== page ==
Let $\log(1),\log(2),\log(3),\log(4)...\log(n)$ be approximated by fractions generated by the truncated sums:

$$\text{log1}=\sum_{n=0}^k \frac{0}{(1 n+1)^c}=0$$ $$\text{log2}=\sum _{n=0}^k \left(\frac{1}{(2 n+1)^c}-\frac{1}{(2 n+2)^c}\right)=\frac{1}{2}$$ $$\text{log3}=\sum _{n=0}^k \left(\frac{1}{(3 n+1)^c}+\frac{1}{(3 n+2)^c}-\frac{2}{(3 n+3)^c}\right)=\frac{5}{6}$$ $$\text{log4}=\sum _{n=0}^k \left(\frac{1}{(4 n+1)^c}+\frac{1}{(4 n+2)^c}+\frac{1}{(4 n+3)^c}-\frac{3}{(4 n+4)^c}\right)=\frac{13}{12}$$

Letting $k \rightarrow \infty$ makes the sums above converge to the precise values of $\log(n)$ by their Dirichlet generating function:

$$\log(n) = \lim\limits_{s \rightarrow 1} \zeta(s)\left(1 - \frac{1}{n^{(s - 1)}}\right)$$

The alternating series which is valid in the critical strip can be written as, and is set to zero:


The truncated alternating series:

$$\sum_{n=1}^{n=4}(-1)^{(n+1)}\frac{1}{\left(e^{\log(n)}\right)^s}=0$$ is solved for $s$ in Mathematica 8.0.1 with the program:

Clear[log1, log2, log3, log4, n, k, s];
c = 1;
k = 0;
log1 = Sum[0/(1*n + 1)^c, {n, 0, k}];
log2 = Sum[1/(2*n + 1)^c - 1/(2*n + 2)^c, {n, 0, k}];
log3 = Sum[1/(3*n + 1)^c + 1/(3*n + 2)^c - 2/(3*n + 3)^c, {n, 0, k}];
log4 = Sum[
   1/(4*n + 1)^c + 1/(4*n + 2)^c + 1/(4*n + 3)^c - 3/(4*n + 4)^c, {n, 
    0, k}];
$MaxRootDegree = 1000;
   1/(E^(log1))^s - 1/(E^(log2))^s + 1/(E^(log3))^s - 
     1/(E^(log4))^s == 0, s]];

which gives the output:

$$\left\{s\to -4 i \pi +\log \left(\text{Root}\left[\text{$\#$1}^{10}-3 \text{$\#$1}^9+3 \text{$\#$1}^8+23 \text{$\#$1}^7+40 \text{$\#$1}^6 \\-2 \text{$\#$1}^5+42 \text{$\#$1}^4+12 \text{$\#$1}^2+1\&,10\right]\right)\right\} \label{1}\tag{$*$}$$

which has the form:

$$\left\{s\to -\text{integer } i \pi +\log \left(\text{polynomial root}\right)\right\}$$

Now the following number also has a similar form:

$$7 \pi -\text{Log}\left[\frac{7}{2} e^{-7 \pi /2}+\frac{5}{2} e^{-5 \pi /2}+\frac{3}{2} e^{-3 \pi /2}+e^{5 \pi /2}+2 \pi \right] = \\ 14.1347251415...$$ $$14.1347251417...$$ with the value of the actual first Riemann zeta zero Im[ZetaZero[1]] right below it for comparison. This can't be all coincidence.


How does Mathematica arrive at the output in \eqref{1}$?

In the edit at 19.7.2021 in https://mathematica.stackexchange.com/q/63541/328 I made a guess at the solution for a simpler case which is not the alternating series, but one that also has $1/(e^{\text{fraction}})^s$ as its terms.

  • 5
    $\begingroup$ I don't know what $12\#1^2$ means. I don't know what $1\&,10$ means. It's not surprising that you can approximate any number you like by a multiple of $\pi$ plus the log of a polynomial. You have a lot of degrees of freedom there. $\endgroup$ Jul 20, 2021 at 2:32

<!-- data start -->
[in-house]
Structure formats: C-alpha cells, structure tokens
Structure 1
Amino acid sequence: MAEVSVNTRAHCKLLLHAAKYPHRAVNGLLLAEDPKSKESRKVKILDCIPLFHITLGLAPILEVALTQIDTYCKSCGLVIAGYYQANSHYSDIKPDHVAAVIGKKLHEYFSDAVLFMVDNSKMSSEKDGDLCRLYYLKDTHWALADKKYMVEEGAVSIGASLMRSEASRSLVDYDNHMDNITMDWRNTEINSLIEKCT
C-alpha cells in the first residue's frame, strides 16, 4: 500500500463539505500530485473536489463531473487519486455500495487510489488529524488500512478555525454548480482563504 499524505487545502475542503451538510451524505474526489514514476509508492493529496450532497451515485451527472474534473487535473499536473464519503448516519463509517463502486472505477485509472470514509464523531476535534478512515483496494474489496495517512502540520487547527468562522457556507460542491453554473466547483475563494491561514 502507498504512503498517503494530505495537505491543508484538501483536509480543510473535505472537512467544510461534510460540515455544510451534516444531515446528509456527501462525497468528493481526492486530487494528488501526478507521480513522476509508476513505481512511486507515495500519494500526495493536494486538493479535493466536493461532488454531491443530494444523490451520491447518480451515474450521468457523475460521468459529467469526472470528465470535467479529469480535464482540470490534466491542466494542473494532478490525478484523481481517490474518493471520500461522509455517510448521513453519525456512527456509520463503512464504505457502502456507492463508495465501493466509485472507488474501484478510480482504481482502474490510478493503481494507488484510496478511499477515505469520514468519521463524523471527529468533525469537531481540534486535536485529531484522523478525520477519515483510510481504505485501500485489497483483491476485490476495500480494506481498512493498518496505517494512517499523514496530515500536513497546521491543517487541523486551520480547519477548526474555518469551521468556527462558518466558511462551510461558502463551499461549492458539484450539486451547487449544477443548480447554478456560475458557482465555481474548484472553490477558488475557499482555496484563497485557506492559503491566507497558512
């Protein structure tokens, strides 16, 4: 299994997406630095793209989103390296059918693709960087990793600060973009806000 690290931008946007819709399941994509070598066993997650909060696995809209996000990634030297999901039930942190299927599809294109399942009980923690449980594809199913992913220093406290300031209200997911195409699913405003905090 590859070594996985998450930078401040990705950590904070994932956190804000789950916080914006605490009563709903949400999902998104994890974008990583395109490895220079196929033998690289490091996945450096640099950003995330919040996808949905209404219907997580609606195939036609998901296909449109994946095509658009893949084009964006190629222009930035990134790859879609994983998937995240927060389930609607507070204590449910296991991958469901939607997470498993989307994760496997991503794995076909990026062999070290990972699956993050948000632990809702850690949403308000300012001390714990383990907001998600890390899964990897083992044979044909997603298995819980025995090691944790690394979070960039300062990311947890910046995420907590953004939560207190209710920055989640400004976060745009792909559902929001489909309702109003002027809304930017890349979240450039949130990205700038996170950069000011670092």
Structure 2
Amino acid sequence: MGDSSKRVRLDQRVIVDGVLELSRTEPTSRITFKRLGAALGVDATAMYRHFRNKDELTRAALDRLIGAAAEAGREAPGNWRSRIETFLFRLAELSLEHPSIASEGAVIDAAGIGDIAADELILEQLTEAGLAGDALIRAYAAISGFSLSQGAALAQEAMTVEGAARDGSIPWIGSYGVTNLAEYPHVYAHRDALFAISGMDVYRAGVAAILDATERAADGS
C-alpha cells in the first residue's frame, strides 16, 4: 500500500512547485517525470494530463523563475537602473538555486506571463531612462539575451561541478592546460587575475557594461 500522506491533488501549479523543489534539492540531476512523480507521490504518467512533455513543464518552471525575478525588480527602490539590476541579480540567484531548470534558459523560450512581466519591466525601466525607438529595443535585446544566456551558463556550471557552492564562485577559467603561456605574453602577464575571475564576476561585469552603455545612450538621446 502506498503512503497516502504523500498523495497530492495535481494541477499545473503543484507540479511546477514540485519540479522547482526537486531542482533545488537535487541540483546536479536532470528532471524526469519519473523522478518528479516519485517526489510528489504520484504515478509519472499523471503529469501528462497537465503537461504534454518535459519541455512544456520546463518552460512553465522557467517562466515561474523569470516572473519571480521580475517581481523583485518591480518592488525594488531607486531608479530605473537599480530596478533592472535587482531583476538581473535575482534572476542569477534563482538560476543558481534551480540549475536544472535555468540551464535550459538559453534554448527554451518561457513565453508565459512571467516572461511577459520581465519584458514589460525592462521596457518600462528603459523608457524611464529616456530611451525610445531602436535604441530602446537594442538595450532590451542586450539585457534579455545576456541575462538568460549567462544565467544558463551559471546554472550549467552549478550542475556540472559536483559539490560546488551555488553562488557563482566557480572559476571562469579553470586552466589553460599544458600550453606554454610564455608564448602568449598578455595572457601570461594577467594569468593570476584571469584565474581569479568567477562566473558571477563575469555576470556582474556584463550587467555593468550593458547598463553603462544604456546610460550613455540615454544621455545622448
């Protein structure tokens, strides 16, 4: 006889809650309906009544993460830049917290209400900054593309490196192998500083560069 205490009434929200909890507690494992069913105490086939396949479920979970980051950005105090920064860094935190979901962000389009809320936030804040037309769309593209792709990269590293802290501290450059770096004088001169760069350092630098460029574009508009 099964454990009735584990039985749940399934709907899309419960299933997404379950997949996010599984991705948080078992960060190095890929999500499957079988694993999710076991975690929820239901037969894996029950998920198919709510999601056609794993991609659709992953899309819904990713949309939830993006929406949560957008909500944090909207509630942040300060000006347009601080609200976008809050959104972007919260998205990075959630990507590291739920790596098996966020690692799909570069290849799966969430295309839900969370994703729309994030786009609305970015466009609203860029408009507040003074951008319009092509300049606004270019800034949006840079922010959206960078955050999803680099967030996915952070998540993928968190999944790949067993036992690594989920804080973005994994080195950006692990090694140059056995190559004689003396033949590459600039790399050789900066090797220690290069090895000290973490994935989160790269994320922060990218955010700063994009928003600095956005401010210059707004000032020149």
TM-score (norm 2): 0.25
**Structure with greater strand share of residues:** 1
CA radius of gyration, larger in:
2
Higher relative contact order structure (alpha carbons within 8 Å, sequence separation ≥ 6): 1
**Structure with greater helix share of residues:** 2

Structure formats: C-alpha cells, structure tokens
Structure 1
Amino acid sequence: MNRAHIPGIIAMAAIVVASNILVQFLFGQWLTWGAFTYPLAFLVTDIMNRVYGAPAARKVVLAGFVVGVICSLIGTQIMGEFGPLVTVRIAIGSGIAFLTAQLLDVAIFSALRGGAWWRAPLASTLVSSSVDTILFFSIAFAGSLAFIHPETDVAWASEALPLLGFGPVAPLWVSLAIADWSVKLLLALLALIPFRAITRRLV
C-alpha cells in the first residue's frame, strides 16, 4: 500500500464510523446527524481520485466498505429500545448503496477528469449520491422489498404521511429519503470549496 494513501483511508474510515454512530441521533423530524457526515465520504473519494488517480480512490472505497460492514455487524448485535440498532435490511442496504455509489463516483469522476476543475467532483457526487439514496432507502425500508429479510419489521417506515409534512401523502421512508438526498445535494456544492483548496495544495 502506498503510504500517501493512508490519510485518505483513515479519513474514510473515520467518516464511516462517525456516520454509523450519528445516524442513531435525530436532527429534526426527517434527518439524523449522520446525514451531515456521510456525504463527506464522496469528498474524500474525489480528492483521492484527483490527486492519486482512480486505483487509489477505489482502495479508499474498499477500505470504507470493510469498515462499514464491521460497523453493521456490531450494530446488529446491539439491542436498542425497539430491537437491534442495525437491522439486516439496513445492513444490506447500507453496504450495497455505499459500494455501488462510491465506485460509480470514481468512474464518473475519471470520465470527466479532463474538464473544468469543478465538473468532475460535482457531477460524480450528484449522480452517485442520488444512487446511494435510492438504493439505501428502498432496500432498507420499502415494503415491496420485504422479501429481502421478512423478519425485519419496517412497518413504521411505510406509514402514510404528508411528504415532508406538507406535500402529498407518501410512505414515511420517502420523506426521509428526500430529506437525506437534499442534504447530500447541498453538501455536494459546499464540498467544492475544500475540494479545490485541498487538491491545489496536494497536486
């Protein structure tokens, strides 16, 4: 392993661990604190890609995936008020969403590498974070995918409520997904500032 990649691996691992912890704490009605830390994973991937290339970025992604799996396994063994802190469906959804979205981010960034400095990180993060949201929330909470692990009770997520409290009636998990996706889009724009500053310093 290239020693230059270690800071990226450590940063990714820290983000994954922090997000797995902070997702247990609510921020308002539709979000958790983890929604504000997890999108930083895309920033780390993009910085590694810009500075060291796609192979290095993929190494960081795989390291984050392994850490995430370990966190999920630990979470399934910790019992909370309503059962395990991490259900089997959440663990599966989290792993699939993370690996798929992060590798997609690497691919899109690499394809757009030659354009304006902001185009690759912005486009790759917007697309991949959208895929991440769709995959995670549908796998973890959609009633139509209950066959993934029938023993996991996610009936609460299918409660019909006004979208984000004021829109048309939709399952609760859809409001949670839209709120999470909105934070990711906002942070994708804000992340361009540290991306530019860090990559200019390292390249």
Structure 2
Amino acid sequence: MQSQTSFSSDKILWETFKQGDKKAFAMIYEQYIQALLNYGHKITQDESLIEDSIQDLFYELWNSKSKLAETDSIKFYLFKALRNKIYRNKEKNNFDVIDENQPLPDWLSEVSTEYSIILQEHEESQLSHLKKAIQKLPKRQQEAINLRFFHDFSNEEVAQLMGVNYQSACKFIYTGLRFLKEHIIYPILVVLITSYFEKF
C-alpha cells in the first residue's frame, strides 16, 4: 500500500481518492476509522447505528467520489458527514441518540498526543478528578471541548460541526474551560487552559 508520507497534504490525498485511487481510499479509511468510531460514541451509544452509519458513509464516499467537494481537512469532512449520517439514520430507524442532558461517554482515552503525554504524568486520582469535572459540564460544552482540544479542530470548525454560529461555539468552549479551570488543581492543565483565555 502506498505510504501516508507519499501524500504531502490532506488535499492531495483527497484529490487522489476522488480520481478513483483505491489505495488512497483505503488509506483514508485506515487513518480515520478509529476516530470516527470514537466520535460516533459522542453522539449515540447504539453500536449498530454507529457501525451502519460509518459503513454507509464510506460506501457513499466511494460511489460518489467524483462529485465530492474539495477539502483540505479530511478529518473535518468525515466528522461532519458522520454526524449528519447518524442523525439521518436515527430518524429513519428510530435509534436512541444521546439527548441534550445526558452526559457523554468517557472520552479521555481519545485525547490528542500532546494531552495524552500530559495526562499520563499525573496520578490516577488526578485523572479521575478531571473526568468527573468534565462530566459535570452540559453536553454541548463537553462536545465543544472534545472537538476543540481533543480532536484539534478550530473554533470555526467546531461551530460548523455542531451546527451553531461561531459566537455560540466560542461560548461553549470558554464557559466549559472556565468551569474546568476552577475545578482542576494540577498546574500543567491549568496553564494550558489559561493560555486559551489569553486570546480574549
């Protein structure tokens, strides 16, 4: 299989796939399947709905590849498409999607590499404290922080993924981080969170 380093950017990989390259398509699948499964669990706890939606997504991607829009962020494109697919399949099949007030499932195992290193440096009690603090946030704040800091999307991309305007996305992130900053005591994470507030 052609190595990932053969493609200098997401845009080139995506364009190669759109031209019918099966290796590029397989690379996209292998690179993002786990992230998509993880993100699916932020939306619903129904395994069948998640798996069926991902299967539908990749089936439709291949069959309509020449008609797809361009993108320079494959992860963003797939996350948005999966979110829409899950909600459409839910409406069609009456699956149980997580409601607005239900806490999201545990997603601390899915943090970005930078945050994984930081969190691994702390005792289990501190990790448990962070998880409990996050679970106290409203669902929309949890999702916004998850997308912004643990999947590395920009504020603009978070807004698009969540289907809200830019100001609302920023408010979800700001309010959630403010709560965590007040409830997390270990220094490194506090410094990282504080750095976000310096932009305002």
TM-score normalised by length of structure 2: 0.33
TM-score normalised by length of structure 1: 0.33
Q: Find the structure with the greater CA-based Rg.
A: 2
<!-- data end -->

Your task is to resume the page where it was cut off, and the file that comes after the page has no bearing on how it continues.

• $\begingroup$ I have to admit I don't know either what the precise meaning of the hashtag followed by the number "1" and the ampersand are. But the hashtag serves as the variable $x$ in any normal polynomial which can be seen from this Mathematica program: x = N[Root[1 + 12 #1^2 + 42 #1^4 - 2 #1^5 + 40 #1^6 + 23 #1^7 + 3 #1^8 - 3 #1^9 + #1^10 &, 10], 100]; 1 + 12 x^2 + 42 x^4 - 2 x^5 + 40 x^6 + 23 x^7 + 3 x^8 - 3 x^9 + x^10 which outputs 0 to 93 decimal places: 0.*10^-93 + 0.*10^-93 I The number $10$ at the end means the 10-th root of that polynomial. And yes there are many degrees of freedom. $\endgroup$ Jul 20, 2021 at 2:43
  • $\begingroup$ in your Mathematica code you set $k=0$ and then sum from $n=0$ to $k$; what is the point of that? $\endgroup$ Jul 20, 2021 at 6:23
  • $\begingroup$ Setting $k=1$ instead of $k=0$, makes the computation time take significantly longer. Or at least I have not seen the answer on my computer within a few minutes. The smaller the fractions the faster the computation. The fractions for $k=1$ would be: ${0, \frac{7}{12}, \frac{19}{20}, \frac{341}{280}}$ $\endgroup$ Jul 20, 2021 at 15:31
  • 1
    $\begingroup$ I don't have approximations for the other Riemann zeta zeros. The starting point was the observation that the first Riemann zeta zero is close to $\frac{9 \pi }{2}$ and the equality $\frac{9 \pi }{2}=7 \pi -\log \left(e^{\frac{5 \pi }{2}}\right)$ from there on I put an $x$ inside the logarithm and solved for $x$ and observed that the number is close to $2 \pi$ and from that I guessed the rest. There is an explanation here: math.stackexchange.com/q/190080/8530 below "Edit 23.12.2012". $\endgroup$ Jul 21, 2021 at 10:31

1 Answer 1


The actual question asked here is a Mathematica question, so this is not really the right site for it, but here goes. Suppressing the extraneous notation in $c$ and $k$, the expression in $s$ is $$ -e^{-13 s/12}+e^{-5 s/6}-e^{-s/2}+1 $$ which is a polynomial of degree 13 in $x=e^{-s/12}$: $$ - x^{13} + x^{10} - x^6+1=-(x-1)(x^2+x+1)(x^{10}+x^3+1) $$ The Mathematica code 'Solve' tries to find roots of this polynomial in $x$, and the $\log$ expressions will then solve for $s$. (I suspect the OP is showing output from a different choice of $c$ and/or $k$, because already I'm seeing something different.). The first two factors are solvable by radicals of course. The OP has asked for the 'last' solution. To avoid introducing new variables which may conflict with user defined variables, it is merely expressed as Root[1#^10+1#^3+1&,10]. Here 1# is just the variable name (Mathematica can do this in more than one variable - the others would be 2#, 3#, etc.). The & at the end is just a way of saying'Think of this as a function of 1#' - a 'pure function' in the language of the Mathematica documentation . The 10 indicated the last root.

Addendum: the -integer $\pi i$ in the title is misleading of course. the questions is not about the zeros of $\zeta(s)$, but the imaginary parts of the zeros, which are real numbers. The $\exp(\text{integer}\pi i)$ is just $\pm 1$, and Mathematica is just trying to give the most general form of the solution when one uses Log to solve for $s$.


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